Nutritionist

Nutritionist

Dietitians can help us recover from illness or stay healthy so that we get the best out of life

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Experts on food for body and soul_L
Photo: Jonathan Wong
In Chinese, the same word is used to describe a nutritionist and dietitian, but people should be careful of nutritionists abusing this language similarity. While both nutritionists and dietitians have a university degree, only dietitians have undergone clinical training that allows them to apply their science to healing people. In other words, only dietitians can deal with patients.

Dietitians use nutrition to help people with cancer, diabetes, anorexia and so forth to improve their condition. Nutritionists can use their knowledge for educational purposes, research, or the well- being of healthy people, but they do not have clinical experience.

So, to avoid confusion, look for dietitians: "registered dietitians" in Chinese.

Young Post meets dietitian Sylvia Lam and examines her profession.

Requirements

To become a dietitian you need strong counselling skills. Lam says a good dietitian is someone who is willing to listen to patients and provide the suitable treatment for them.

Dietitians need to be positive to encourage patients: try to speak about what they can eat, rather than what they cannot eat. You must also be talkative and be able to build trust with your patients.

You need an interest, not only in nutrition, but in food, health and exercise. An interest in cooking and curiosity about new foods helps, too. It is also an advantage if you are comfortable speaking in public since you will most likely have to be a public speaker on certain occasions. You might also have to write academic papers.

Qualifications

Dietitians should have a bachelor's degree in science with biology, physiology and biochemistry courses. Without a scientific background you will need bridging courses to get a master's degree in nutrition and dietetics. After getting a postgraduate diploma or master's degree in nutrition and dietetics, you will have to do an internship of six to 12months, which includes clinical training, community-based nutrition training (at an NGO, etc) and food-service training.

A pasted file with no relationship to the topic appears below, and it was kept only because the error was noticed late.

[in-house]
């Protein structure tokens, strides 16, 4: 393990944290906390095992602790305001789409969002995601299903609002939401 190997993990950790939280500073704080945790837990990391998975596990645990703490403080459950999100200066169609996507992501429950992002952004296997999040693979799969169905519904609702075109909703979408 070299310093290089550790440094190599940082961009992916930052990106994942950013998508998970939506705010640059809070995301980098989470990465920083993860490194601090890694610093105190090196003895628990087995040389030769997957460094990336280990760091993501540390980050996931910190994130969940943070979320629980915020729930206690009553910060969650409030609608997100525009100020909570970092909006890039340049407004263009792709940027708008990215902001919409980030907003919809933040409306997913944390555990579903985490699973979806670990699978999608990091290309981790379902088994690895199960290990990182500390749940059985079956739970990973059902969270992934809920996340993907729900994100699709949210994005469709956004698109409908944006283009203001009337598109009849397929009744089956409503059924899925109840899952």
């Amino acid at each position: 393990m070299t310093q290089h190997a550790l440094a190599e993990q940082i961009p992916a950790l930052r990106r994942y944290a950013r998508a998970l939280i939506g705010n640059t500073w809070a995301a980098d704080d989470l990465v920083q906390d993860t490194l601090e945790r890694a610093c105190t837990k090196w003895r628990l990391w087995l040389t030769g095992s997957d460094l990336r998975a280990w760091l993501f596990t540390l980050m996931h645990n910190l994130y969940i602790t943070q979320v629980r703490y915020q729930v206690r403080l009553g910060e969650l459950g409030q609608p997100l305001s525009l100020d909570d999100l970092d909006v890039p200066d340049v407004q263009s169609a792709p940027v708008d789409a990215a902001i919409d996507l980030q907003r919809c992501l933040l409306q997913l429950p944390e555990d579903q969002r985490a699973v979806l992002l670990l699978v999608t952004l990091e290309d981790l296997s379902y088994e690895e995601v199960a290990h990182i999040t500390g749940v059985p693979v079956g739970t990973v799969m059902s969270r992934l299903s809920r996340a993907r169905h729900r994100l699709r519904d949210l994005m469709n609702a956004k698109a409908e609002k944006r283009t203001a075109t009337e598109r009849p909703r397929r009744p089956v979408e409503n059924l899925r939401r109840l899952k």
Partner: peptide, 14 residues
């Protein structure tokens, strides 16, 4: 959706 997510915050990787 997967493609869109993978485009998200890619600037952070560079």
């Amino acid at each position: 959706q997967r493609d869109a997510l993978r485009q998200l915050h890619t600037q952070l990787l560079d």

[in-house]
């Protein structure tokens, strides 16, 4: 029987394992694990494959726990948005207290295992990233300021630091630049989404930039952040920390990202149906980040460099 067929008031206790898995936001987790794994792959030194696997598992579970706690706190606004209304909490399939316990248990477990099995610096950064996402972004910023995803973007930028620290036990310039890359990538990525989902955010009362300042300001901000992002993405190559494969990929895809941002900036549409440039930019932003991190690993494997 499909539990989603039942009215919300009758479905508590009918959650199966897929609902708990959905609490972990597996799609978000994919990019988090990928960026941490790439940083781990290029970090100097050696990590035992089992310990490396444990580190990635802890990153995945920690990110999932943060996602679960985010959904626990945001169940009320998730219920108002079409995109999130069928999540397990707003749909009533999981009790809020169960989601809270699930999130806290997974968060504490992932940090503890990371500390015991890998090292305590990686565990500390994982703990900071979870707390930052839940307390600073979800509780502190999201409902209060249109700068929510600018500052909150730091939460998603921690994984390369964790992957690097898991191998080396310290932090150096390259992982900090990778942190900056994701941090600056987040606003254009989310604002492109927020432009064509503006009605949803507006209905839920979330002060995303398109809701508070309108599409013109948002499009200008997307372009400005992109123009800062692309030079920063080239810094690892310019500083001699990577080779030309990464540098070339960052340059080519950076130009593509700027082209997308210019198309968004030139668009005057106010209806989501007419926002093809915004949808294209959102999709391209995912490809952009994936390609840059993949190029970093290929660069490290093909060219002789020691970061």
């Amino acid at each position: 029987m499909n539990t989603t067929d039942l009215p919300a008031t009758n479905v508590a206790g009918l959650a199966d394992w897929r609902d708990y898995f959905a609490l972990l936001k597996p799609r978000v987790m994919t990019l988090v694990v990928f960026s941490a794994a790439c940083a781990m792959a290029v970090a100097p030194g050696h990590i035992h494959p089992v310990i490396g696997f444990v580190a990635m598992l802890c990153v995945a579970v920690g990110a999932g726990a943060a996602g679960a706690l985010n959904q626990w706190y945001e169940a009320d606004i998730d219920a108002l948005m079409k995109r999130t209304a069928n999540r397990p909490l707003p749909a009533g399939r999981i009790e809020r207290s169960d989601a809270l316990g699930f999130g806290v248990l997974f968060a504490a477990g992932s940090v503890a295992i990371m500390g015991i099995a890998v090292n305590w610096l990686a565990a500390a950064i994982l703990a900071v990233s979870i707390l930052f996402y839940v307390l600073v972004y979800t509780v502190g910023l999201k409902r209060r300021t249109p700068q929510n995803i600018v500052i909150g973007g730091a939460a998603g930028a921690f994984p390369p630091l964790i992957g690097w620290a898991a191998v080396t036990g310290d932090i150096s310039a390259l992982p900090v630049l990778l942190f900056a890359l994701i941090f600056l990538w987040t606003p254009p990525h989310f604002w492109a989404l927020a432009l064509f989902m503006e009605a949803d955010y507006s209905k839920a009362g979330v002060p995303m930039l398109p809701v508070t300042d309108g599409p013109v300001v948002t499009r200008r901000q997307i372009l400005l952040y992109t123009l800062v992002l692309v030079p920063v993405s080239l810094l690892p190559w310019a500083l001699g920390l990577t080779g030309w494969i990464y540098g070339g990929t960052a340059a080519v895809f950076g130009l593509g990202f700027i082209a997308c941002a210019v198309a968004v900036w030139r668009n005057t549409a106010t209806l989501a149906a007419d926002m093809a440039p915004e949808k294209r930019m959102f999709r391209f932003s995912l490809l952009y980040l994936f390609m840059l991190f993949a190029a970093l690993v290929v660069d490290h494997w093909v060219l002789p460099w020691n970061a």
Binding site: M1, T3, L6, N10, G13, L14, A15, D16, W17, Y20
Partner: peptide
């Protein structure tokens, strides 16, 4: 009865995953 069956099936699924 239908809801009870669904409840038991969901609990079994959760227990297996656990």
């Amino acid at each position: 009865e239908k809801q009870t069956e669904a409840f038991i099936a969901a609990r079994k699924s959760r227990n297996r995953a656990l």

After a successful internship, you can register and start working.

Lam gained a bachelor's degree in nutritional sciences at the University of British Columbia in Canada, then moved to Australia to complete her master's in nutrition and dietetics at Sydney University.

Hong Kong does not have its own statutory registration, but recognises certification from the US, Britain, Canada and Australia. There is also a postgraduate diploma in human nutrition at the University of Hong Kong School of Professional and Continuing Education, which uses the UK certification.

Most nutritionists obtain a bachelor's degree in food and nutrition or nutritional sciences.

To practise in Hong Kong, you need to speak both English and Cantonese. It helps if you speak Putonghua too.

Average pay

The Hospital Authority entry level pay is HK$20,000 a month. More senior dietitians can earn up to HK$46,000 a month. Entry-level nutritionists get an average of HK$11,000 to 12,000 a month.

Work prospects

Competition is tough and places at hospitals are rare - a dietitian tends to stay in the same job throughout their working life, but nutritionists and dietitians are increasingly in demand.

Lam says the hardest thing for her was to get an internship. She says once you have an internship, you should be able to get a job.

After her internship in Australia, Lam returned to Hong Kong and worked in research at the Chinese University of Hong Kong before joining the Pamela Youde Nethersole Eastern Hospital as clinical dietitian. She treated different patients ranging from children to the elderly, which she says was a valuable experience.

Lam later chose to specialise in diabetes and joined the private clinic Qualigenics Diabetes Centre six years ago.

Most dietitians work as clinical dietitians in private and public hospitals. But they can also work as a community dietitian (at a community outpatient clinic, giving health talks to the local community or conducting studies), a food service dietitian (in the food or pharmaceutical industry, checking food safety and pest control, or planning menus for airlines, schools and gyms), or as a private practice dietitian (working for private clinics, nutritional centres, or teaching and doing research).

Long-term prospects

Experienced dietitians often give talks to the media, schools, weight loss centres and paediatric clinics, and write scientific papers and books. Or they are involved in events and associations linked to the profession.

Lam, the chairwoman of the Hong Kong Dietitians Association, aims to improve the standards of her profession. The HKDA is trying to ensure Hong Kong gets its own statutory registration.

A day at work

Sylvia Lam's working day starts at 9am and usually ends at 6pm; she will normally see about 14 patients. Each consultation costs HK$600 per hour. In public hospitals, some dietitians see up to 30 patients per day.

A consultation starts with a diet assessment. She checks the patient's working hours and daily exercise habits and then, depending on their health, provides a diet with a detailed meal plan and exercises to follow. Each patient has to keep a diary of what they eat. After two or three weeks, patients go back for an assessment.

When she has free time, Lam reads up on new nutrition developments and writes scientific papers. She also gives talks and is a part-time lecturer at Chinese University and the Open University of Hong Kong.

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